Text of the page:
The text was short and clear: “Amy, we have an eleventh hour request for the Father.” HIPAA laws prevent us from using hospice patients’ names in such communications. But “the Father” was the only identifier you ever needed anyway.
The first time I met you, you glanced up at me from your wheelchair. “What can I do for you?” you asked. “No, Father. I am here for you.” You paused, entirely confused by my answer and replied, “How about a blessing then?” And you raised your arm robed in burgundy terrycloth (the vestments of the sick rather than those of your lifelong vocation), and you made the sign of the cross at my forehead.
We danced these same steps weekly for months – you asking me how you could serve me and me continually befuddling you by replying that I was there to serve you.
But one day you paused before raising your hand in blessing. That time, you looked into my eyes with your weary watery ones and said, “Could you please pray for me? I’m dying of cancer.” In that pause, I witnessed you release the role and the identity that you had held for over seven decades – the role and the identity that had held you for over seven decades.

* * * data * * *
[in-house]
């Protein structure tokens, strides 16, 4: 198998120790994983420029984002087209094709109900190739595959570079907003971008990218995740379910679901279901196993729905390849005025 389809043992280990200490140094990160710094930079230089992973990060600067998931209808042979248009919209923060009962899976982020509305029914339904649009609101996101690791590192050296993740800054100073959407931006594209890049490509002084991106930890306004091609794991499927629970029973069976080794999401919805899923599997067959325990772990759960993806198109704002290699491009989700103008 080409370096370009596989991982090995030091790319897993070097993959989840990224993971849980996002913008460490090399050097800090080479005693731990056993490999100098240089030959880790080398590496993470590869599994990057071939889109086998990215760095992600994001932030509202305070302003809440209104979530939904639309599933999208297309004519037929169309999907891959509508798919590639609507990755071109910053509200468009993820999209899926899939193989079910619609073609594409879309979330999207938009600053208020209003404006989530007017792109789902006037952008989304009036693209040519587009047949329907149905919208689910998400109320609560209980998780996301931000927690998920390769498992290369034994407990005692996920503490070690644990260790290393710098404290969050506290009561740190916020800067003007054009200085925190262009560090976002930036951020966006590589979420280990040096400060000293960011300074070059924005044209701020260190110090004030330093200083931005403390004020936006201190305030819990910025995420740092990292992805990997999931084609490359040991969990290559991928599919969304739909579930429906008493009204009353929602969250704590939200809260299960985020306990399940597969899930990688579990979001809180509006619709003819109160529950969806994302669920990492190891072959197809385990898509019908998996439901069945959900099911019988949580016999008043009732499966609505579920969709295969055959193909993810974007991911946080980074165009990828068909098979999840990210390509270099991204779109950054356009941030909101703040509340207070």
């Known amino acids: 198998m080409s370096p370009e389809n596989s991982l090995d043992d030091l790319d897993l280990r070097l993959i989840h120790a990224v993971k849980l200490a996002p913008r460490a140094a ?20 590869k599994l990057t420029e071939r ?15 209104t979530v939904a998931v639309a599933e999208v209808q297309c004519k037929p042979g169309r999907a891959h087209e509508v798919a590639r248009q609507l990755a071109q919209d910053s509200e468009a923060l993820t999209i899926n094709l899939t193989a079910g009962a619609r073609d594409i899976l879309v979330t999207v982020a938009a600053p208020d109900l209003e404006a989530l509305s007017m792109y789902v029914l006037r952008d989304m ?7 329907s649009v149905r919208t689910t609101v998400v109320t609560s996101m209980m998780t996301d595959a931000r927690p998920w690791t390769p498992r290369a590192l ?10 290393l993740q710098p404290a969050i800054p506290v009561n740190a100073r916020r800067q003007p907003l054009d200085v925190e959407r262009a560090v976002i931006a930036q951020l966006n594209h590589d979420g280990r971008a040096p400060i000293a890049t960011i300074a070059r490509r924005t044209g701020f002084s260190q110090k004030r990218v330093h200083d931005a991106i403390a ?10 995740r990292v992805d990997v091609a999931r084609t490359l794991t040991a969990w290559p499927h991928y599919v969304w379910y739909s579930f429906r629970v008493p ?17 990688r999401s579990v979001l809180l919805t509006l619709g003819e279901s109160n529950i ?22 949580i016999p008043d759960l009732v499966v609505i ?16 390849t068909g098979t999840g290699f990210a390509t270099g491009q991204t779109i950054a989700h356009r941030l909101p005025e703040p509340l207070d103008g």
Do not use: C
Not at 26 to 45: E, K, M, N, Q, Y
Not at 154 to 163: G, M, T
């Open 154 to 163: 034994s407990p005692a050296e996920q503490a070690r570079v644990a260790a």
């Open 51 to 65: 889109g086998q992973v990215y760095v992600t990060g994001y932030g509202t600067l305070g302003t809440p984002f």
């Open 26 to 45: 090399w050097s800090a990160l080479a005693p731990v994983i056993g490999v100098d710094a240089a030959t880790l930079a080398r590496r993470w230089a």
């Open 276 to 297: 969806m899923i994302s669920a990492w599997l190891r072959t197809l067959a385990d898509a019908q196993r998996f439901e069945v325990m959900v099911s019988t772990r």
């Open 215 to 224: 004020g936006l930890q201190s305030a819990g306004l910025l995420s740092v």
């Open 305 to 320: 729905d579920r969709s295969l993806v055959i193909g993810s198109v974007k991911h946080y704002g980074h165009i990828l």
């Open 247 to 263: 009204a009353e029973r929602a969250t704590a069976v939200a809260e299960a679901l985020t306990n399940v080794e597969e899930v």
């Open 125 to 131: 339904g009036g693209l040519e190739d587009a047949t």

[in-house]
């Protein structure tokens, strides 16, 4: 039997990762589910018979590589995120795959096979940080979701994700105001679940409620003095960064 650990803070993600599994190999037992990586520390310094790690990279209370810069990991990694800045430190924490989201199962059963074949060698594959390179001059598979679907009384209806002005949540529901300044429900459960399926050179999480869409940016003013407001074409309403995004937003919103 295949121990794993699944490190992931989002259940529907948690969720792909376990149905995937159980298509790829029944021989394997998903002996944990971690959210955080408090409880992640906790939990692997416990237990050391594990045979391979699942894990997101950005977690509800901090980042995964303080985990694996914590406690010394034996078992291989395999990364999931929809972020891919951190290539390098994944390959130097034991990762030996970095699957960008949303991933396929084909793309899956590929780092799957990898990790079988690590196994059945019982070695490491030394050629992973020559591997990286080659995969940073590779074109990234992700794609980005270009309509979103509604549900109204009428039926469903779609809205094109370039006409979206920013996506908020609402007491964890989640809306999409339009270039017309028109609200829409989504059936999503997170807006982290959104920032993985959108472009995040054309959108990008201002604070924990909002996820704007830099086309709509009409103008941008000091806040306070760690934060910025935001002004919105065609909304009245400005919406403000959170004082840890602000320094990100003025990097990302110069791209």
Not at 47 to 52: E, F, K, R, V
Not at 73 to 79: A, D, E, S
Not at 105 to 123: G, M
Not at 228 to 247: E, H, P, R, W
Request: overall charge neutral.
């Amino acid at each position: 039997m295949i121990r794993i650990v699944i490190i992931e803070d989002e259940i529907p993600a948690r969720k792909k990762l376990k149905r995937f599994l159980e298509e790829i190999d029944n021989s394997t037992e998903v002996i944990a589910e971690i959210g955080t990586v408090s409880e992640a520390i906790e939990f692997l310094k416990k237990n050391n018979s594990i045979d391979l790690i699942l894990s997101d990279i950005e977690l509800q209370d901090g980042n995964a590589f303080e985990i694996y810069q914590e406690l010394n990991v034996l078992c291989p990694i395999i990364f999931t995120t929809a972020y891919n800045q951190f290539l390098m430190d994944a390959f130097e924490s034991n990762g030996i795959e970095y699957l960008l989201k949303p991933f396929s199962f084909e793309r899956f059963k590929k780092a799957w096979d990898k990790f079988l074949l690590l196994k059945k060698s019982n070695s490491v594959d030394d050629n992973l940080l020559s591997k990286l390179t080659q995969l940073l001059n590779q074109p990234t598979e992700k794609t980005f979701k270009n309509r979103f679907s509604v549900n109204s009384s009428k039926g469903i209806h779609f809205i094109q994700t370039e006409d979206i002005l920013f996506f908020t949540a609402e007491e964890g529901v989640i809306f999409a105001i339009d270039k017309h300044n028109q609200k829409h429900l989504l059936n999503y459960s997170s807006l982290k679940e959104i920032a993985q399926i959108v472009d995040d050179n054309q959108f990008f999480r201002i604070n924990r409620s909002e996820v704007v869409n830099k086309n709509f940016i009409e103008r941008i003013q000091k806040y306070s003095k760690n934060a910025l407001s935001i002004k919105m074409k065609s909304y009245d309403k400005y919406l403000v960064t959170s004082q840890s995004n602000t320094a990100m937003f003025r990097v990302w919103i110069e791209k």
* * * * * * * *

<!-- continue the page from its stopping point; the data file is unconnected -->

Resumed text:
But you never were able to release the blessings. So, as I settled into the recliner by your bed, pulled out my strand of rosewood beads, and began to recite the chaplet of Divine Mercy – your favorite – the blessings began again.
Your nurse kept increasing your medication to “keep you calm”, to stop the continual movement of your hands. Didn’t she see? How could she not recognize all the blessings? The gnarled fingers that had lifted up the communion bread during countless masses, the leukemia-stained purple arms that had held so many babies during baptisms – they never stopped blessing.
You ripped the tubes out of your nostrils and flung them aside, filled with some heavenly breath and in no need of oxygen tanks. When your nurse tried to reinsert the tubes, you blessed her.
The patient down the hall groaned in agony throughout the night. And each time his voice rose, your hand shot up in response.
You pulled off your pajamas, and the two nuns singing to you grew embarrassed. “Father, you need to keep your clothes on,” they said. They did not know they were witnesses to this personal sacrament, the presentation in the temple called deathbed. You heard their scolding, paused . . . and once again came the blessing.